10. TootsNYC*

    This is also a good question to ask any mentor, or any person that you go to for an informational interview (along with, what sorts of skills are most important in the beginning; what are the personality traits or soft skills that make the biggest impact; how will I know if I’m suited for this field; etc.)

    “Where do people like you advertise for people like me?”

  11. asl*

    Chiming in for looking at individual organization’s careers pages – I have a spreadsheet of places I’d like to work (based on my field and the cities I would be interested in relocating to) and check all of them every 2-3 weeks. If you have a list of URLs, it’s easy to just open them all and take a quick peek.

    For my field (archives), there are some great aggregate sites (Archives Gig, Going International Archives, LisList, ALA, ACA, and SAA). I use an RSS feeder to put updates from all of those sites, plus keyword search results from Monster, Indeed, and USA Jobs. This I check daily, along with RSS feeds from other interests, so it doesn’t feel like a chore :)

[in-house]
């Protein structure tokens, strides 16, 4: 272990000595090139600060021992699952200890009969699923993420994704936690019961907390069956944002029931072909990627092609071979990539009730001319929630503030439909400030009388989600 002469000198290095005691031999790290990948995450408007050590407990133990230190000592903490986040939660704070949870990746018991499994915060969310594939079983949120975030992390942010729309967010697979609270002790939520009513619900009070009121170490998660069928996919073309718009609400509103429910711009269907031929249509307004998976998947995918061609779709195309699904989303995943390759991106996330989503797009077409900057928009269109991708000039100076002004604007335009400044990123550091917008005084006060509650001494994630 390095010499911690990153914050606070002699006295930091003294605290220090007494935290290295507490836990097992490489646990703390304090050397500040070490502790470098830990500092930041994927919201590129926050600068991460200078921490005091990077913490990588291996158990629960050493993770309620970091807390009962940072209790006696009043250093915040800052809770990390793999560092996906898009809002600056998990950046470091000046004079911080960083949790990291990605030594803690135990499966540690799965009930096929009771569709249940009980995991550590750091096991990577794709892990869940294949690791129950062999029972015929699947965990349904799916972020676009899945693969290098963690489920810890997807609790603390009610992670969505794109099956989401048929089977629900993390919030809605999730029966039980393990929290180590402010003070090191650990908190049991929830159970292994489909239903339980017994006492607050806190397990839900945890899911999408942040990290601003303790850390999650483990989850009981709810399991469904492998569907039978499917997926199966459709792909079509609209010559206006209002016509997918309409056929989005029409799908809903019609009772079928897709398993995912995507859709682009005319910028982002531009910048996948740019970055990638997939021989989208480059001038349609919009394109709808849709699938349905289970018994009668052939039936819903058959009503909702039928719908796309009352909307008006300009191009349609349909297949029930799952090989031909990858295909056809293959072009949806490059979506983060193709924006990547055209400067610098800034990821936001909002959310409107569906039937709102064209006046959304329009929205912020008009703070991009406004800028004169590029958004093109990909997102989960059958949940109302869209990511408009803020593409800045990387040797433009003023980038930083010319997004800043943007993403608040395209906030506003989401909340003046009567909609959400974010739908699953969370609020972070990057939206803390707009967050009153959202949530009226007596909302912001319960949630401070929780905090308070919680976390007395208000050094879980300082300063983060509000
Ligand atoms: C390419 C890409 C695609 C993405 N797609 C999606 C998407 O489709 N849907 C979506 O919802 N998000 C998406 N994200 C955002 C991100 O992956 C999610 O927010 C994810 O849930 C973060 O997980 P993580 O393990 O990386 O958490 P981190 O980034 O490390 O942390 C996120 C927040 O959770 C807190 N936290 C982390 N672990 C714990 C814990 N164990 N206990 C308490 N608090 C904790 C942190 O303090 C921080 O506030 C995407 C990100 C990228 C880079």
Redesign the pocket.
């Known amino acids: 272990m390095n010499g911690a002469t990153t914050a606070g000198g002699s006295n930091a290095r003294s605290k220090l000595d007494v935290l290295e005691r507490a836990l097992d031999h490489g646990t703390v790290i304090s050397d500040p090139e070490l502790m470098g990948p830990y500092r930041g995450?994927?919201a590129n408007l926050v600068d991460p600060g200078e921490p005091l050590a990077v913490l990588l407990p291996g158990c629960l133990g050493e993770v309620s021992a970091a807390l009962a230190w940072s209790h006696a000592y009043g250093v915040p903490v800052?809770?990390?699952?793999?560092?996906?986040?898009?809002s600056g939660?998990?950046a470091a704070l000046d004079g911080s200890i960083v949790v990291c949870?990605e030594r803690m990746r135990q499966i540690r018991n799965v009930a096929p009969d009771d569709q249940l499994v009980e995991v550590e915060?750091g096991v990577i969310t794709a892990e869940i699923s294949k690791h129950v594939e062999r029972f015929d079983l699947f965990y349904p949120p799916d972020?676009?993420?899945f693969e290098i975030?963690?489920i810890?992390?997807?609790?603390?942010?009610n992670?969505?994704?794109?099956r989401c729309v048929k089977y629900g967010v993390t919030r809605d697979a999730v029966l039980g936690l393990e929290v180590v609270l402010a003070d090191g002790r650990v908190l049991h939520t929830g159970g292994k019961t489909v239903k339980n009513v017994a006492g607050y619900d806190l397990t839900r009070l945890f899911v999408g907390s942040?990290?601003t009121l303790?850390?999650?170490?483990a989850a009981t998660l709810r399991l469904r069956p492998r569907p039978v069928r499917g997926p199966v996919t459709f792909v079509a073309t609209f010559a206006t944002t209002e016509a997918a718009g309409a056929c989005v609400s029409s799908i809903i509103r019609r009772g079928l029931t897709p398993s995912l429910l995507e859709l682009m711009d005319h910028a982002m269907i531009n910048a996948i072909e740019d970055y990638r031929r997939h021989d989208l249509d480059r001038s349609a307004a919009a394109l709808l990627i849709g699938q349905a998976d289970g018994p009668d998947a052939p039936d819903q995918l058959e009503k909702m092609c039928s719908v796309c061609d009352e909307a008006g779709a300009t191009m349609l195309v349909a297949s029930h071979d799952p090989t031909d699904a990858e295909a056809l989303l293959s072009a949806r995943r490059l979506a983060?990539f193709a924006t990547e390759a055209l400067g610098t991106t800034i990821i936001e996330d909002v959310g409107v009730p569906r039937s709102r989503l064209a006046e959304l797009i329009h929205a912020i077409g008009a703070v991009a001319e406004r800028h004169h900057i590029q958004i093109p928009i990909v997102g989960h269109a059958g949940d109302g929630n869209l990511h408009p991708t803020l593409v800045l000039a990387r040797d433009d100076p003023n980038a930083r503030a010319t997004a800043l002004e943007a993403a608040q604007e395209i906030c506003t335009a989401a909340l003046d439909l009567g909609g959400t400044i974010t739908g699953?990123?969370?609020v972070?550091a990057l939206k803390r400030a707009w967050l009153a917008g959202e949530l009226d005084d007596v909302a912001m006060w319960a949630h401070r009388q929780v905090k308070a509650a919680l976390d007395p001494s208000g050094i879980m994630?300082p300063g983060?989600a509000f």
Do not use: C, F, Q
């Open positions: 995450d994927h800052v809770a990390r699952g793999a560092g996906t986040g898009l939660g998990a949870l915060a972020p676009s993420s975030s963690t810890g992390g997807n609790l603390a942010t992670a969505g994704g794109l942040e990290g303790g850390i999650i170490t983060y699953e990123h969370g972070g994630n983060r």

Also, I get contacted frequently by recent grads who are looking for advice on the job search, and I gladly do informational interviews or answer questions over email. I get contacted sometimes randomly on LinkedIn, but appreciate when there’s a connection, like we went to the same school or a friend/colleague/acquaintance introduces us.

    Good luck!

    1. gS*

      I use the “page monitor” extension and get an update every few days of which of the career list pages I’m tracking have posted changes. Not as useful for results that are accessed through form data, but it does expedite the checking.

    2. Talvi*

      Oooh, I’m going to have to make note of these. I’m in the process of applying to library school, with an interst in pursuing an archives specialization, so this is extremely relevant to my interests!

      1. Katrina*